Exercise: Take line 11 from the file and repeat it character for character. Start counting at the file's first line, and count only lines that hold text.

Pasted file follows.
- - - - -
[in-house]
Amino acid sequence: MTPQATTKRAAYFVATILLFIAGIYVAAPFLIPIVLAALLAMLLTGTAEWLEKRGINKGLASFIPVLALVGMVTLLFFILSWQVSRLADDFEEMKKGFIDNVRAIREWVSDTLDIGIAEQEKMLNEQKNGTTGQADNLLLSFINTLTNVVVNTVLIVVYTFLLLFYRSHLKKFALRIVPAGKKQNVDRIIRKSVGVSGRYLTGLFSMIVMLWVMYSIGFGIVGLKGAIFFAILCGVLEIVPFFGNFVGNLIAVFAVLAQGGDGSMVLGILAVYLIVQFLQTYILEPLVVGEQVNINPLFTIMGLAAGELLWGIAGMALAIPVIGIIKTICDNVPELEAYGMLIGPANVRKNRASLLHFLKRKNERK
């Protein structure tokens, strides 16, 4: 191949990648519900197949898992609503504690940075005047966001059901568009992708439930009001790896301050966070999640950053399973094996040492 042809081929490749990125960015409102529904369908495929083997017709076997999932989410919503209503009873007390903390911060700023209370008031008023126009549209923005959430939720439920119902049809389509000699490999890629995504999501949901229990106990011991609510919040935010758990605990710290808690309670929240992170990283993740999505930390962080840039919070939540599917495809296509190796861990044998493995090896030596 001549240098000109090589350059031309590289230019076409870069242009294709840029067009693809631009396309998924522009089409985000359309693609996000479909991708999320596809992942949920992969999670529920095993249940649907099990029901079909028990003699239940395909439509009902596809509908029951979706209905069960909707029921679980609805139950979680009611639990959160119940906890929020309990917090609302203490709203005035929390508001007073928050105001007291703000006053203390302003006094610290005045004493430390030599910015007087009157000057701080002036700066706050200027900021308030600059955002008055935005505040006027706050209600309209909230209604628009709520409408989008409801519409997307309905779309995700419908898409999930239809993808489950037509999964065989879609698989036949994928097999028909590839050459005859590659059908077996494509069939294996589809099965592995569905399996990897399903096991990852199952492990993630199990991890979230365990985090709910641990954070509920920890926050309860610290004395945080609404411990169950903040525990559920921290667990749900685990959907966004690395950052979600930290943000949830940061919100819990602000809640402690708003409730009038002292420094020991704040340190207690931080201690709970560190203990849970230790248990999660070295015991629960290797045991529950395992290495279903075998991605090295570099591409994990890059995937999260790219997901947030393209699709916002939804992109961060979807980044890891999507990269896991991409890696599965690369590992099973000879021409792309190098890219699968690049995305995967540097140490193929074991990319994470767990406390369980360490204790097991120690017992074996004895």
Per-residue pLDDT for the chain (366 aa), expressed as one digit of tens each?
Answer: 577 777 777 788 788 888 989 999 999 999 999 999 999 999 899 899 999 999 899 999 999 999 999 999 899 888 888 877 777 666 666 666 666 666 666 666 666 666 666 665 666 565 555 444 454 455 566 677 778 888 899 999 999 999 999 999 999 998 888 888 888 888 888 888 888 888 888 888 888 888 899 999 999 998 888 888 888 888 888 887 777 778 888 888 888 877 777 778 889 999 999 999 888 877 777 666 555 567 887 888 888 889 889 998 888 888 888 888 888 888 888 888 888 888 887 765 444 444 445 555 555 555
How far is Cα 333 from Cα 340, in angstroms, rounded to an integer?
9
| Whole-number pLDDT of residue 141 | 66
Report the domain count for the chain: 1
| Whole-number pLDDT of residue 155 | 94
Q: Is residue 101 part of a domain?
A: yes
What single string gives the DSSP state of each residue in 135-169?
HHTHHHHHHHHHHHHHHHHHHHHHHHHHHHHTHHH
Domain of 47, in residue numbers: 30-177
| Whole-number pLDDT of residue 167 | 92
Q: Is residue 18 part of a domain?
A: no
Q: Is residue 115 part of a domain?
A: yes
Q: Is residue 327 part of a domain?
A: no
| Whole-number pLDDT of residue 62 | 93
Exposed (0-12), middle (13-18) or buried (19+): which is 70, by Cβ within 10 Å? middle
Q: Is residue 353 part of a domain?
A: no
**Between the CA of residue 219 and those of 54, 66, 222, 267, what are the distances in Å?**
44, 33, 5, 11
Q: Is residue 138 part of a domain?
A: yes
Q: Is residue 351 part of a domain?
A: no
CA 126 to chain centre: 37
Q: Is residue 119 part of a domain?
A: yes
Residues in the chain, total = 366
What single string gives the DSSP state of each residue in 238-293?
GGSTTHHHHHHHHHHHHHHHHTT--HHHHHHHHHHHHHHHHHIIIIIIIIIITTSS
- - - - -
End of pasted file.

Q: Is residue 101 part of a domain?